When a new Australian feature arrives, Hinde’s old questions come back into play; in what ways did this film, Looking for Grace, need to arrive and claim its place? It comes from the production team of Japanese Story (2003), with Sue Brooks as both director and writer. It’s not a cross-cultural story; the Aboriginal police officer plays his part without identity issues. The search for the runaway teenager has its place in the wider family story: the spaces between the parents, between them and their adolescent daughter; the problems for a middle-aged man of sexuality, getting older, self-acceptance. Richard Roxburgh communicates those so finely that you can suspend judgement – almost, if it weren’t for the eloquence of Radha Mitchell in the mother’s role; she is the one grown-up in the story, visibly isolated in her adulthood. Their drama is set in wide-open West Australian spaces, but I can’t see the high and wide angles on the wheatfields, the solitary car spinning across the view, as in any way metaphoric. Young Grace (Odessa Young) is trying to cross the distance between home in suburban Perth and Ceduna, where she and her friend plan on reaching a rock concert; the friend gives up and turns back, while Grace tangles disastrously with a handsome young exploiter.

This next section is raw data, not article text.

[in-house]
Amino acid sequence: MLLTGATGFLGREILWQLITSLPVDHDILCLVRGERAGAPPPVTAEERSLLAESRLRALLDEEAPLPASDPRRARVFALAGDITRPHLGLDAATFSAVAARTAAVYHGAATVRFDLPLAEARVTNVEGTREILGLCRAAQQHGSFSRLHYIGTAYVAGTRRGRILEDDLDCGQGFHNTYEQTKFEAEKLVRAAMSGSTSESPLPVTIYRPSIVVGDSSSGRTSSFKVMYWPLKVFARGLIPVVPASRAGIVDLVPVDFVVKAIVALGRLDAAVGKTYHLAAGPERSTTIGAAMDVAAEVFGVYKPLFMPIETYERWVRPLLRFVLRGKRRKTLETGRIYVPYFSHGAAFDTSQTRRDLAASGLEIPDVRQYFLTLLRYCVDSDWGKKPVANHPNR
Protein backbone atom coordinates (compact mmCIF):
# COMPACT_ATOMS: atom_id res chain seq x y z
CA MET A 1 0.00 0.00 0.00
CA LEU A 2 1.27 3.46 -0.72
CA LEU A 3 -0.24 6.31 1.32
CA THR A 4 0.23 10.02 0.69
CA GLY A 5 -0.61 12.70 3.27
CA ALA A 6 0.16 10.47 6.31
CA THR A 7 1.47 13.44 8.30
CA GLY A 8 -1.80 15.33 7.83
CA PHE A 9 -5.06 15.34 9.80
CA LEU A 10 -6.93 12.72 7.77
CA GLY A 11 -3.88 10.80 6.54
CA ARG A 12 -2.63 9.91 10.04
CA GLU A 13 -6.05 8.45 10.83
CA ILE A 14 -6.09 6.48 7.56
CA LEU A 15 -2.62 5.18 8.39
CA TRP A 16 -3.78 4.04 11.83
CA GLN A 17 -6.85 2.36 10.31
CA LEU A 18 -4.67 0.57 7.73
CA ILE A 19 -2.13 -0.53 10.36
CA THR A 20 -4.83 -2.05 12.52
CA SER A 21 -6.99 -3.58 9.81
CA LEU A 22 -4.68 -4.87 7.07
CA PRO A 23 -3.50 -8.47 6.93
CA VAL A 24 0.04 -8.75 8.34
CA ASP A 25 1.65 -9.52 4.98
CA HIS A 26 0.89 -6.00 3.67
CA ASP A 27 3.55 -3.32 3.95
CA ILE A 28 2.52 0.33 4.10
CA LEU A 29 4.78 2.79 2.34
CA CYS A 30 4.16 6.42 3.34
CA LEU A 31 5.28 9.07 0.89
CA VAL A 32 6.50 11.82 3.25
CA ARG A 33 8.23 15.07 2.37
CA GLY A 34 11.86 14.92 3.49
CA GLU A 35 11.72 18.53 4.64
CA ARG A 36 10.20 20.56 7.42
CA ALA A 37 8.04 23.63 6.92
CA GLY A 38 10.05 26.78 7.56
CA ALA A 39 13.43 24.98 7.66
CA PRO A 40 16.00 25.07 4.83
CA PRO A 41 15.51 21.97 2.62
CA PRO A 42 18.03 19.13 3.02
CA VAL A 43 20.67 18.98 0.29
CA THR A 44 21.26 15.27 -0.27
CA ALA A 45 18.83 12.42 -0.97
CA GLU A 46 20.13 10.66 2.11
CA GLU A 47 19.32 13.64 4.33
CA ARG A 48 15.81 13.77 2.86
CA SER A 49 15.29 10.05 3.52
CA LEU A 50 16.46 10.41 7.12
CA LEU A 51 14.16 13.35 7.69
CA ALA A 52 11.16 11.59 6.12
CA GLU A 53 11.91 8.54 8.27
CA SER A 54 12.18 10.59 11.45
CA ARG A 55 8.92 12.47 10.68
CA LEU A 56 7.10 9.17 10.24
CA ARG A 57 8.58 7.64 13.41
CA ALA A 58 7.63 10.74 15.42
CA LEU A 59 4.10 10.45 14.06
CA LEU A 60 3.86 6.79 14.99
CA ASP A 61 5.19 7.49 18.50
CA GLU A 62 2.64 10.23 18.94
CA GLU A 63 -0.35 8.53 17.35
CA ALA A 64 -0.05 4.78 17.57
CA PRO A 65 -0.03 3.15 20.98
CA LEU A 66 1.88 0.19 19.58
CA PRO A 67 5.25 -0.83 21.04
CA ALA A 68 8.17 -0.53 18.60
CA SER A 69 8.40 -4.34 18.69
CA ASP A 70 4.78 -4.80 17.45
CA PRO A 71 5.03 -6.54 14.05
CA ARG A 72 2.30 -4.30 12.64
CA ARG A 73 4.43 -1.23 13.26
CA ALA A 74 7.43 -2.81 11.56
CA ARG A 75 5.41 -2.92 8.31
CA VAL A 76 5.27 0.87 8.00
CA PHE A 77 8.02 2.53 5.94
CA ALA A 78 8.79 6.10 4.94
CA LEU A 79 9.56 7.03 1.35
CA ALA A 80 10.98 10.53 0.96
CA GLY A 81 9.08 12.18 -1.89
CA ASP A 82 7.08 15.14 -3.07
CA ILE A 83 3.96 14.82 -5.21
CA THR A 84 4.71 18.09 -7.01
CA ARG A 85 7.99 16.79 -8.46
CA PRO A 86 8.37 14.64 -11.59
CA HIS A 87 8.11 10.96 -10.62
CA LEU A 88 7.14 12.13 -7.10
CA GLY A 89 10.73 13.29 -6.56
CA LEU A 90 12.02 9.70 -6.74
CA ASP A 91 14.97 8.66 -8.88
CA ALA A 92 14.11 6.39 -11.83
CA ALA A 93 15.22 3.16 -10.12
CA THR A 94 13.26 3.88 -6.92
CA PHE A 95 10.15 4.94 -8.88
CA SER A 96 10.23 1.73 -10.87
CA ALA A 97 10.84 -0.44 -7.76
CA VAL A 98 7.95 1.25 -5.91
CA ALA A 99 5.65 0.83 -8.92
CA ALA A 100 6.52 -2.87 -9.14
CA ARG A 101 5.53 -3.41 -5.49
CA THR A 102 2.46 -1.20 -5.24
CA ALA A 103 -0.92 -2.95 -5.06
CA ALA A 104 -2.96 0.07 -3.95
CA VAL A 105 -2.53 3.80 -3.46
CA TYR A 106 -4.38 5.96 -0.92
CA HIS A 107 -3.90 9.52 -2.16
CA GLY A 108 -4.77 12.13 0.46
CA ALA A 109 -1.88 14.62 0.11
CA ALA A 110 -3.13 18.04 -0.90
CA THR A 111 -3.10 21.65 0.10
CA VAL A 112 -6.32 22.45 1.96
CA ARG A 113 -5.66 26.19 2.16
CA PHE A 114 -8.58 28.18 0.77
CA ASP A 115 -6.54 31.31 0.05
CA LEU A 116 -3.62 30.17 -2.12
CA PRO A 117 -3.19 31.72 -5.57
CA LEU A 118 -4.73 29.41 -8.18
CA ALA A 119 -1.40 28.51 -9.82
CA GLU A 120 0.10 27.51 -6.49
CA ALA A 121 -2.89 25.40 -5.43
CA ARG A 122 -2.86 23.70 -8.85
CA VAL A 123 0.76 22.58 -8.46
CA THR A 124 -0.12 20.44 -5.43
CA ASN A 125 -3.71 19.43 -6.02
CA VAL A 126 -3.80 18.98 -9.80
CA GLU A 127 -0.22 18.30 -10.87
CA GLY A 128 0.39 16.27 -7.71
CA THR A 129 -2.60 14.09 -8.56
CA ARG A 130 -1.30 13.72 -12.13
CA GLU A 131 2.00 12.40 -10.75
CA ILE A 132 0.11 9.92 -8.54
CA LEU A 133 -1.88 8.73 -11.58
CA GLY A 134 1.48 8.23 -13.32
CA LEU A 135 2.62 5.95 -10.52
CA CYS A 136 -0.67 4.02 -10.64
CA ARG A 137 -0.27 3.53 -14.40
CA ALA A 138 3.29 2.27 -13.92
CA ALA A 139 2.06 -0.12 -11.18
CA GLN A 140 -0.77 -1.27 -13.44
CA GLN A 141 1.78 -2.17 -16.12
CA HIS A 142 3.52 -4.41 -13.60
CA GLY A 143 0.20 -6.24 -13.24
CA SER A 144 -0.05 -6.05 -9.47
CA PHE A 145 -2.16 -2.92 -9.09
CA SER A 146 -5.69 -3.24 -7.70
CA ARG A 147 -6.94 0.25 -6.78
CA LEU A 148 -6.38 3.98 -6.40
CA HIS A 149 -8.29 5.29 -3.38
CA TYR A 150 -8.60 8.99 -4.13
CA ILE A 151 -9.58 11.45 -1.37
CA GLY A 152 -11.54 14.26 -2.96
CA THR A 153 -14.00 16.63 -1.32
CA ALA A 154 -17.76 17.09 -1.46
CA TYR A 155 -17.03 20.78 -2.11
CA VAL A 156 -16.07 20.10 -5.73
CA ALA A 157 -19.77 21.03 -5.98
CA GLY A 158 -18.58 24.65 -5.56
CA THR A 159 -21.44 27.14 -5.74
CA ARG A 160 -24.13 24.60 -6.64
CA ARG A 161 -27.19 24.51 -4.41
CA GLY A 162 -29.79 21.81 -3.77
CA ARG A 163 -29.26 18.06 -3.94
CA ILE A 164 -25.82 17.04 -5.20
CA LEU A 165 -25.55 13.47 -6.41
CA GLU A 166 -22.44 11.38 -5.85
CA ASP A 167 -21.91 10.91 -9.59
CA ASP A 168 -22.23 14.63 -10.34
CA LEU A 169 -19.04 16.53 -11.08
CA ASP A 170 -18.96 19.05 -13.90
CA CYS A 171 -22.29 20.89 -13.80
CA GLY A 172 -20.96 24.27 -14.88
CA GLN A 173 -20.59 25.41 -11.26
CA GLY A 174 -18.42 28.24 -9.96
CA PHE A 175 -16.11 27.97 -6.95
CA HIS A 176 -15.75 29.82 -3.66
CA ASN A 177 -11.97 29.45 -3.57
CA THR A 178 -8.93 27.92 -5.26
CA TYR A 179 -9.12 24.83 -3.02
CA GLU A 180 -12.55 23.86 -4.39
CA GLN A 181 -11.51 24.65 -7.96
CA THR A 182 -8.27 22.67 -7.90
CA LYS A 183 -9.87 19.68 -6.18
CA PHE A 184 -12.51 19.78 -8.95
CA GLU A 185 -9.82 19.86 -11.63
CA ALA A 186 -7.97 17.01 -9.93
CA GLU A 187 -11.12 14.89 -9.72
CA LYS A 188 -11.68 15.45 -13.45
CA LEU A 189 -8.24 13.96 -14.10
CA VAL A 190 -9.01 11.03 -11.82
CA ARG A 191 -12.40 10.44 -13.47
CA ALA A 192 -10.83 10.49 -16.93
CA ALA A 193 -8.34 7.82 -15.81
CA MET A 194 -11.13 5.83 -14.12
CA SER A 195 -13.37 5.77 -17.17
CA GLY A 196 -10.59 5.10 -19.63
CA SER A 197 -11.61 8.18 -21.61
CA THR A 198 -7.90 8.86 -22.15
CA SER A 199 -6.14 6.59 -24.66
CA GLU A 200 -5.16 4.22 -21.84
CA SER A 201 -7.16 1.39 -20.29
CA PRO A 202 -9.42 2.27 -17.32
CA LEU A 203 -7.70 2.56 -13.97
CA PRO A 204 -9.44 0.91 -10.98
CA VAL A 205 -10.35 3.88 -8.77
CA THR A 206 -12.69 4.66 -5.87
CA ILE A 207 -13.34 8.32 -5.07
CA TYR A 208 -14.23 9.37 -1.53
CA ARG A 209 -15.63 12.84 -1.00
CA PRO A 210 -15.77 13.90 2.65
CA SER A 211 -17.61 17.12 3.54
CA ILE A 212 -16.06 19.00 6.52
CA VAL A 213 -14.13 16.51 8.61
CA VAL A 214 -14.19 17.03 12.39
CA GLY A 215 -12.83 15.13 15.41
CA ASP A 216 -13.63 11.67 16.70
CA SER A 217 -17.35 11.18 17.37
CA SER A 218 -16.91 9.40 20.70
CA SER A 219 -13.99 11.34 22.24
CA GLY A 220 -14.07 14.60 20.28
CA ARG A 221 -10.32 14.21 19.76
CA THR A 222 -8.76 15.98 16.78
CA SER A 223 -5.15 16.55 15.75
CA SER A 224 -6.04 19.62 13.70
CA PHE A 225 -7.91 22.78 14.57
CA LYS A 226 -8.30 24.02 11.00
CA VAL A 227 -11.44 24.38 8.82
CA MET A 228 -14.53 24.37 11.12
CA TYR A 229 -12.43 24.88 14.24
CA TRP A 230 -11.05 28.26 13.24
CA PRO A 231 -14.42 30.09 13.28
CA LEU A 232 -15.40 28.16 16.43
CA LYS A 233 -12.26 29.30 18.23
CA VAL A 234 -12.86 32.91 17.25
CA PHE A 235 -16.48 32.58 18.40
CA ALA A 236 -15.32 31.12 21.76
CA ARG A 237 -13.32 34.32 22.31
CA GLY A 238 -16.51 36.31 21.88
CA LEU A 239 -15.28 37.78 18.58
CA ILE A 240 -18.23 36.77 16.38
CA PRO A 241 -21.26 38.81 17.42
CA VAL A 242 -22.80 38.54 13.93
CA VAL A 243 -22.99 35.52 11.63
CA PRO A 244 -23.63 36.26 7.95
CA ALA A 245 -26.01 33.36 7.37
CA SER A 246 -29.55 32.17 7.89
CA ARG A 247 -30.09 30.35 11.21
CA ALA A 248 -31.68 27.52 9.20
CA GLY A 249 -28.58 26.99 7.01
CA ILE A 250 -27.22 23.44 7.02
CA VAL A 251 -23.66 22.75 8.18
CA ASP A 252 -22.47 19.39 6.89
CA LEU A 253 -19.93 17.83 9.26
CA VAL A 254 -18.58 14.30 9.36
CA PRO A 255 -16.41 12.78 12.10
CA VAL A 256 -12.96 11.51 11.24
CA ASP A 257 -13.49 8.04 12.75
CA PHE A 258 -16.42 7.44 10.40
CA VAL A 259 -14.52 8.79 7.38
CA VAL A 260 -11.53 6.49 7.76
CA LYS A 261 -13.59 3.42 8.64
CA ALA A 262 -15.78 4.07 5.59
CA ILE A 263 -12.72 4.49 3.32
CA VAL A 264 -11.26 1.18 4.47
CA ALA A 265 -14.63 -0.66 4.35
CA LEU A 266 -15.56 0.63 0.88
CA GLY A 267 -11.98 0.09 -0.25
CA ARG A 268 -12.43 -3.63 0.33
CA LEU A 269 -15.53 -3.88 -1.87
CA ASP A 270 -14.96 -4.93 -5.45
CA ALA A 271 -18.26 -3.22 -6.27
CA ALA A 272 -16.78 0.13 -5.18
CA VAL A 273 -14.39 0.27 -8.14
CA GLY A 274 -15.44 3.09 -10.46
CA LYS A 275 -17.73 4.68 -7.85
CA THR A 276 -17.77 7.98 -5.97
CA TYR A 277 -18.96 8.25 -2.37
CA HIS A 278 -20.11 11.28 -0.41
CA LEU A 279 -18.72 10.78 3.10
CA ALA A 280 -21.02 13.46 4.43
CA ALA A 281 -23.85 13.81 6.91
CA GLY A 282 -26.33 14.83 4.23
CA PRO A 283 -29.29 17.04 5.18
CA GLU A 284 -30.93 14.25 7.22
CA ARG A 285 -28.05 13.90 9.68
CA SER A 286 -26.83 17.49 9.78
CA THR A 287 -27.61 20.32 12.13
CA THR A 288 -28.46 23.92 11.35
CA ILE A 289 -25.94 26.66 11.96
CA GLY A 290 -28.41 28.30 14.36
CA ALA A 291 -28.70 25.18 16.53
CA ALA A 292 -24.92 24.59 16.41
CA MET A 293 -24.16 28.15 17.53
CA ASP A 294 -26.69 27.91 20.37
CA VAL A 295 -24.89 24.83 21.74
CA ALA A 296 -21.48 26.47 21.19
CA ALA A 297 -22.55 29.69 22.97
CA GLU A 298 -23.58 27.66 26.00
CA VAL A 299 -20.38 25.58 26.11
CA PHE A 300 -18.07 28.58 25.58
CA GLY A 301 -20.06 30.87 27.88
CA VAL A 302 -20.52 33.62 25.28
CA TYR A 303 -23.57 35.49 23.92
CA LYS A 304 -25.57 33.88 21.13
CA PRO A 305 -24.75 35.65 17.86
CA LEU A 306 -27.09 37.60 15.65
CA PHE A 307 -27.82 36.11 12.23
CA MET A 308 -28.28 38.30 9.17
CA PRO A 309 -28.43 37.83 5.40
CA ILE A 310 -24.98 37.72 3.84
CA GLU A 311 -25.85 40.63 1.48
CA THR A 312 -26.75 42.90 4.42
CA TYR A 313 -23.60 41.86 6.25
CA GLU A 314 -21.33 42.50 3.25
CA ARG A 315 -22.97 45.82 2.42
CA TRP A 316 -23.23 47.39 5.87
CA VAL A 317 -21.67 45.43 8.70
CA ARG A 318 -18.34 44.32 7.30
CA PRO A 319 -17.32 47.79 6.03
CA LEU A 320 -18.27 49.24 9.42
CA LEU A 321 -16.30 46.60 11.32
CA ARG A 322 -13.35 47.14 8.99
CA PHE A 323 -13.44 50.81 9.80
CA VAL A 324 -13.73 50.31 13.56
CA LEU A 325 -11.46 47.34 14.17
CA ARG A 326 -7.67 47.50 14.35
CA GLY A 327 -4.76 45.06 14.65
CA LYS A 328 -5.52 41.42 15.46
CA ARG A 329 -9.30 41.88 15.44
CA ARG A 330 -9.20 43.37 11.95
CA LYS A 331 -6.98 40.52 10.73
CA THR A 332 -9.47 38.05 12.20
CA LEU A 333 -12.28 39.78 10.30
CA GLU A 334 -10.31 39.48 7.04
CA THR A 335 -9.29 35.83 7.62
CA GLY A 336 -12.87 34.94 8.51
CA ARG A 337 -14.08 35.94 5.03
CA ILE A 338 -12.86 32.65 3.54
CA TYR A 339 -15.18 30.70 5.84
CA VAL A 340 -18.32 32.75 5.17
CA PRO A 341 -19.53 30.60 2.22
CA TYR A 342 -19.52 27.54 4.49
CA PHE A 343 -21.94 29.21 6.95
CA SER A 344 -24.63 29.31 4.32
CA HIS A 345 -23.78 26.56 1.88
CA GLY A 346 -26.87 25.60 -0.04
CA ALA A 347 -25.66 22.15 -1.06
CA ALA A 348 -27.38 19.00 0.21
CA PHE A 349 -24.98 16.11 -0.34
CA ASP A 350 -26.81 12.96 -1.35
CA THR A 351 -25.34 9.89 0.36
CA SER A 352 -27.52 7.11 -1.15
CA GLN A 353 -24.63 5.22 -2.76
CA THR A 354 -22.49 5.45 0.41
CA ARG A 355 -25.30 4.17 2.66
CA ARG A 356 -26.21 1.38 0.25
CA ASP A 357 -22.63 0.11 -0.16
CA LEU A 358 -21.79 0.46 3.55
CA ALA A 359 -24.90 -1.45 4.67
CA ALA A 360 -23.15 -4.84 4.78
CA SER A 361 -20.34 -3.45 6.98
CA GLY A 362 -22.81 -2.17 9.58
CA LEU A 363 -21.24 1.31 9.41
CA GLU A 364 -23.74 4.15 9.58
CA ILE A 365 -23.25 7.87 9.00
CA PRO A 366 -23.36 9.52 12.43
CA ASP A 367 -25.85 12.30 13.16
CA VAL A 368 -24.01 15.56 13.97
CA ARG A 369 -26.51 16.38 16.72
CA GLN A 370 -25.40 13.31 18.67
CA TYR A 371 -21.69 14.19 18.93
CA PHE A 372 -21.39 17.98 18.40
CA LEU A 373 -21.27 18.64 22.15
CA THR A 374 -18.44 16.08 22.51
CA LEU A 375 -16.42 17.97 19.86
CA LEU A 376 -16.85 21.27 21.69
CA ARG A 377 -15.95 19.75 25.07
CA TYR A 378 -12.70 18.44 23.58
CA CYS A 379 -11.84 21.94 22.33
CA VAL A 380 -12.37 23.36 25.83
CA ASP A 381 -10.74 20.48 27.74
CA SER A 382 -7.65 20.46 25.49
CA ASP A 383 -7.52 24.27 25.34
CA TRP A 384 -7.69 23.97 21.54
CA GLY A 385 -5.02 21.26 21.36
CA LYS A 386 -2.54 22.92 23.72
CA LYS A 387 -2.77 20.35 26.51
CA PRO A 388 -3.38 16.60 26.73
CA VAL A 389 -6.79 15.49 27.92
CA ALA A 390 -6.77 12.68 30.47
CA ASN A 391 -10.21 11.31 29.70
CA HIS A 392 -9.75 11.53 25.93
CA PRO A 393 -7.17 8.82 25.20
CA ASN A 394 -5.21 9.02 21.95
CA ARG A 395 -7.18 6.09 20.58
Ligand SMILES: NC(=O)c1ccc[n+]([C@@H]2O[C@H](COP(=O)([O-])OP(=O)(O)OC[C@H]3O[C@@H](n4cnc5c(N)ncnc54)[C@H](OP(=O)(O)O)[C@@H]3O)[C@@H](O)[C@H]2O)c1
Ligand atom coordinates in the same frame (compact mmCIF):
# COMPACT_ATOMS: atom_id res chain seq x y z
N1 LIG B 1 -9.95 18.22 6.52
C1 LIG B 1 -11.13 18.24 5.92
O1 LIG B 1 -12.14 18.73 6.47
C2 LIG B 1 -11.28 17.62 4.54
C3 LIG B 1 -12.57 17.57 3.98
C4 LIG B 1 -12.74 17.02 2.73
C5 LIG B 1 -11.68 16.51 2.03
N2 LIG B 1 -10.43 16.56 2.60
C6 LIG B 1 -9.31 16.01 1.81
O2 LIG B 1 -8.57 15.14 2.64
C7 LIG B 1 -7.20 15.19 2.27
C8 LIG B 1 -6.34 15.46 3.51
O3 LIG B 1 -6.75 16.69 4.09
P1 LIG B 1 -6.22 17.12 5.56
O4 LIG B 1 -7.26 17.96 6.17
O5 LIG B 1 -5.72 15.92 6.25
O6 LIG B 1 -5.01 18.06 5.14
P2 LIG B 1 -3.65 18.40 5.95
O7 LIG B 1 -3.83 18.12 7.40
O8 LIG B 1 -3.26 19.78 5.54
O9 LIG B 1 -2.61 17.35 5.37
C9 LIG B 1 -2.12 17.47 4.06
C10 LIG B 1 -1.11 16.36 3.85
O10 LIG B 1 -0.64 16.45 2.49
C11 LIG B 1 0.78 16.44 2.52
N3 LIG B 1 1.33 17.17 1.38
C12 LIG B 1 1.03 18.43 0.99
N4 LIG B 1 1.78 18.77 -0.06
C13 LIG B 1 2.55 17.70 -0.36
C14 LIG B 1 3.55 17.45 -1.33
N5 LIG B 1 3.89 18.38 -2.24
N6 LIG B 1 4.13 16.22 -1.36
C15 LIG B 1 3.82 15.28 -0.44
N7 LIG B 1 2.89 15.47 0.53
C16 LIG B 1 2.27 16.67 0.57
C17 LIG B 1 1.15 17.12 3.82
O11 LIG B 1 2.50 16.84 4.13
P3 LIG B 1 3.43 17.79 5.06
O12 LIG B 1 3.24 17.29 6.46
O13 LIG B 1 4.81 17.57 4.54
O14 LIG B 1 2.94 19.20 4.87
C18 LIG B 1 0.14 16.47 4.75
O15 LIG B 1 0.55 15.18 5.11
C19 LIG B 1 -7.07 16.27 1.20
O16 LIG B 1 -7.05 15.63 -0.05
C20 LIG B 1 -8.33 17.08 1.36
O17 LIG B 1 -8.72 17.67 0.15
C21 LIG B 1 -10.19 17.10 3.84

The central problem, however, is not the pursuit, but the inescapable family itself. Elizabeth Drake’s music, subtle and discreet, precludes identification with any of the three; we’re being invited to watch a family unravelling, and perhaps, at a cost, being put back together. If such a film is needed, in the sense that John Hinde argued, this one exhibits a difficult, contemporary kind of courage; it places middle-class white dilemmas at the centre. We’re not now in Aboriginal Australia, nor in Asghar Farhadi’s Iran (vide The Past); for the audience, or most of it, the suburban world of this couple, these parents, is uncomfortably close at hand. Hinde argued for attention to what he called, variously, “cultural exactitude” or “cultural precision”; he believed that the sexual anxieties expressed in the Barry and Alvin genres might productively have been explored much further than they were – but that story “was left to go back where it came from.”
With that in mind, we could take another look at Grace’s run into the Western Australian salt flats; not to overload it with symbolic meanings, but rather to suggest that her desire – however unfocused – for a wider life than the one on offer had its own validity. Absconding teenagers aren’t wrong about everything.
In the upsurge of publishing about film industries and cinema, we have Jane Mills and Currency Press’s series of Australian screen classics (I speak as a grateful contributor), and the excellent, developing three-volume series organised by Noel King and Deane Williams, Australian Film Theory and Criticism. John Hinde’s invaluably provocative Other People’s Pictures (ABC Books, 1981) is all but forgotten. It was a cheaply produced and poorly bound volume; my copy, and that of a friend, are falling to bits in their covers. Reprinting and revival are very much in order, and I hear that the ABC is still in the publishing business.